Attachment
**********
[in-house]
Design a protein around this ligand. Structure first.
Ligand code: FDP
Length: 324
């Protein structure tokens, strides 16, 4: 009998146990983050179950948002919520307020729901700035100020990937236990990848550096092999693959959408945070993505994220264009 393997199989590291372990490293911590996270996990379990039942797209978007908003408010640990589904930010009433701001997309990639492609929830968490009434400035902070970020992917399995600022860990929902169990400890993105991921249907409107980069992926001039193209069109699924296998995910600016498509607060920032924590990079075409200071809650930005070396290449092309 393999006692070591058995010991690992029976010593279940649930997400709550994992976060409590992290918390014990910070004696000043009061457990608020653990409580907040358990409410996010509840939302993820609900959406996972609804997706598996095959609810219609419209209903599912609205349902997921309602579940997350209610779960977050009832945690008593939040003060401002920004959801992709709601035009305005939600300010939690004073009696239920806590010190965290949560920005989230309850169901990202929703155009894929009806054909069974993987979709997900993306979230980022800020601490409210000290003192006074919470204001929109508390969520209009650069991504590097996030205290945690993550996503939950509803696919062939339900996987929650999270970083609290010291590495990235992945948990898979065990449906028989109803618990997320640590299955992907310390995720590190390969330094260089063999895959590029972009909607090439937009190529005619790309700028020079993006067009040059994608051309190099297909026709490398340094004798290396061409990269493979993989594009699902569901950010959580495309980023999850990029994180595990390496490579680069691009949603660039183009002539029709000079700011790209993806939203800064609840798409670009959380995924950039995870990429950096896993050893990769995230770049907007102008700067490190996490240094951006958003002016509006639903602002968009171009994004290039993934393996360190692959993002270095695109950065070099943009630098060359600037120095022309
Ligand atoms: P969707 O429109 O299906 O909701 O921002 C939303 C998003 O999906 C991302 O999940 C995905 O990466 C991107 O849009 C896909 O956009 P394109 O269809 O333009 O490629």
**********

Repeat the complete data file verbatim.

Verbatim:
[in-house]
Design a protein around this ligand. Structure first.
Ligand code: FDP
Length: 324
């Protein structure tokens, strides 16, 4: 009998146990983050179950948002919520307020729901700035100020990937236990990848550096092999693959959408945070993505994220264009 393997199989590291372990490293911590996270996990379990039942797209978007908003408010640990589904930010009433701001997309990639492609929830968490009434400035902070970020992917399995600022860990929902169990400890993105991921249907409107980069992926001039193209069109699924296998995910600016498509607060920032924590990079075409200071809650930005070396290449092309 393999006692070591058995010991690992029976010593279940649930997400709550994992976060409590992290918390014990910070004696000043009061457990608020653990409580907040358990409410996010509840939302993820609900959406996972609804997706598996095959609810219609419209209903599912609205349902997921309602579940997350209610779960977050009832945690008593939040003060401002920004959801992709709601035009305005939600300010939690004073009696239920806590010190965290949560920005989230309850169901990202929703155009894929009806054909069974993987979709997900993306979230980022800020601490409210000290003192006074919470204001929109508390969520209009650069991504590097996030205290945690993550996503939950509803696919062939339900996987929650999270970083609290010291590495990235992945948990898979065990449906028989109803618990997320640590299955992907310390995720590190390969330094260089063999895959590029972009909607090439937009190529005619790309700028020079993006067009040059994608051309190099297909026709490398340094004798290396061409990269493979993989594009699902569901950010959580495309980023999850990029994180595990390496490579680069691009949603660039183009002539029709000079700011790209993806939203800064609840798409670009959380995924950039995870990429950096896993050893990769995230770049907007102008700067490190996490240094951006958003002016509006639903602002968009171009994004290039993934393996360190692959993002270095695109950065070099943009630098060359600037120095022309
Ligand atoms: P969707 O429109 O299906 O909701 O921002 C939303 C998003 O999906 C991302 O999940 C995905 O990466 C991107 O849009 C896909 O956009 P394109 O269809 O333009 O490629």